The Jewish calendar is full of many Jewish holidays that bring to life the history and traditions of the Jewish people. Filled with many celebrations, fasts and commemorations, there are many opportunities to pass on our Jewish heritage to the younger generation.
Jewish holidays are celebrated according to the Hebrew calendar and always begin with the sunset of the preceding day. Many of the holidays like Shabbat, Pesach and Rosh Hashanah have strict customs to observe this holiday with complete rest from daily chores and work, and to engage in prayer, rest and time with the family.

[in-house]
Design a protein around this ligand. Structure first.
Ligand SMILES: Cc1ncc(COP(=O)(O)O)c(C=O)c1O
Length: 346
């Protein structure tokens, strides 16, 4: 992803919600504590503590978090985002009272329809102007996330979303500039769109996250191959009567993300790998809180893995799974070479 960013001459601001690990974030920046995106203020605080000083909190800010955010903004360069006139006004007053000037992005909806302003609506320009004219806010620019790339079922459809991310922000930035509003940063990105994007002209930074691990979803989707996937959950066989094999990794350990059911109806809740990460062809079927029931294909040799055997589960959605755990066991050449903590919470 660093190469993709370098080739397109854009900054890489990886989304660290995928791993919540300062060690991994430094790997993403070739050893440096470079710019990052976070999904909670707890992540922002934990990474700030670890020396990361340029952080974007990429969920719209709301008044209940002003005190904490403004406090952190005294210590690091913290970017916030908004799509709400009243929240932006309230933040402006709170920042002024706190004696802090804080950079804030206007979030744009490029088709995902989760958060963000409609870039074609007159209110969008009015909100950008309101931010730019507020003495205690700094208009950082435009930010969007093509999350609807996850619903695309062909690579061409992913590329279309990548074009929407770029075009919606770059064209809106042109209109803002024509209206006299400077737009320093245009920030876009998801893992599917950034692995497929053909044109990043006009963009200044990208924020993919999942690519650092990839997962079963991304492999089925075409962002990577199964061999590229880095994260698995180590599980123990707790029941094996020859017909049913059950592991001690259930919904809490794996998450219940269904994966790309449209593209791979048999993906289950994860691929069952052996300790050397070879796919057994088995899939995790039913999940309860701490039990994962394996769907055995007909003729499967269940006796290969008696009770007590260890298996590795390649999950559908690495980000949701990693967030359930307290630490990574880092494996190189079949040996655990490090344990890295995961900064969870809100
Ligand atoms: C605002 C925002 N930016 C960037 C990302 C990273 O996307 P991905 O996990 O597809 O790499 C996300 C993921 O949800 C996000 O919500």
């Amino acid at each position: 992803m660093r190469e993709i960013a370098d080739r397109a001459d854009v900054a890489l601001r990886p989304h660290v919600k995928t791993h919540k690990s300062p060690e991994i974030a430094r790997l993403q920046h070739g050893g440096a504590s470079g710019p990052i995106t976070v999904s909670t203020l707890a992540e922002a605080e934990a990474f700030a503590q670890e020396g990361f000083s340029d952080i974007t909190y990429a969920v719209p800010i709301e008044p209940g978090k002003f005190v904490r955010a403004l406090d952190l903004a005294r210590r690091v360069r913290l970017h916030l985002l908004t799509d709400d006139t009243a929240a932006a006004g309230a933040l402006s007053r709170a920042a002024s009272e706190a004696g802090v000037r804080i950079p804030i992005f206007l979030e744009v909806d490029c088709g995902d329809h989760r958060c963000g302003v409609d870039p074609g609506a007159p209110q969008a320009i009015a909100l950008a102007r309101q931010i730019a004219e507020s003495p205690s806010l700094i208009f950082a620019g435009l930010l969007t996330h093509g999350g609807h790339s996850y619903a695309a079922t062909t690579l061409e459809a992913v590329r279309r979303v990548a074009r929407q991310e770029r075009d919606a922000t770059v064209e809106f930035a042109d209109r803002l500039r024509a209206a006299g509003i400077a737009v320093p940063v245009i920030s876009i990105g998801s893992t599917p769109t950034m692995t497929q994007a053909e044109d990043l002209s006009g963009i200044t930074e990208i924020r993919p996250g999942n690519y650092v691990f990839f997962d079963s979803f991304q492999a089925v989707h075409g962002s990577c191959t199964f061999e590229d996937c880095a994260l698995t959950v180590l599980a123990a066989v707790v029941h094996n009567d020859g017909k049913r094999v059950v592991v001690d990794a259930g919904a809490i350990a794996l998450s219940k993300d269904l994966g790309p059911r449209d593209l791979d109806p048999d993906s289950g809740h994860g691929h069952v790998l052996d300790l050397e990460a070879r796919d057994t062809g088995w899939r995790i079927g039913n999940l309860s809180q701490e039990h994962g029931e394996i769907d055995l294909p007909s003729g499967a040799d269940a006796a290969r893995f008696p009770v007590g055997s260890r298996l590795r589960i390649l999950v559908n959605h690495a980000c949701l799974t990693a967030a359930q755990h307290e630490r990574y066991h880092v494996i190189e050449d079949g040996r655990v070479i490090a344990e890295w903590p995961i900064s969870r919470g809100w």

From the Torah there are the three pilgrimage festivals of Pesach, Shavuot and Sukkot, where people would make a pilgrimage to the holy city of Jerusalem and the Holy Temple – Biet Ha Mikdash, to give offerings. The Jewish New Year – Rosh Hashanah is a solemn celebration of the New Year, with thoughts engaged in repentance and return to God for the coming Day of Atonement – Yom Kippur.
Then there are the two holidays of Chanukah and Purim that celebrate a time of Jewish history that occurred after the Torah was given. These two holidays celebrate the triumph and unity of the Jewish people.
Thus it can be observed that throughout the Jewish year there is no shortage of celebration and commemoration of Jewish holidays.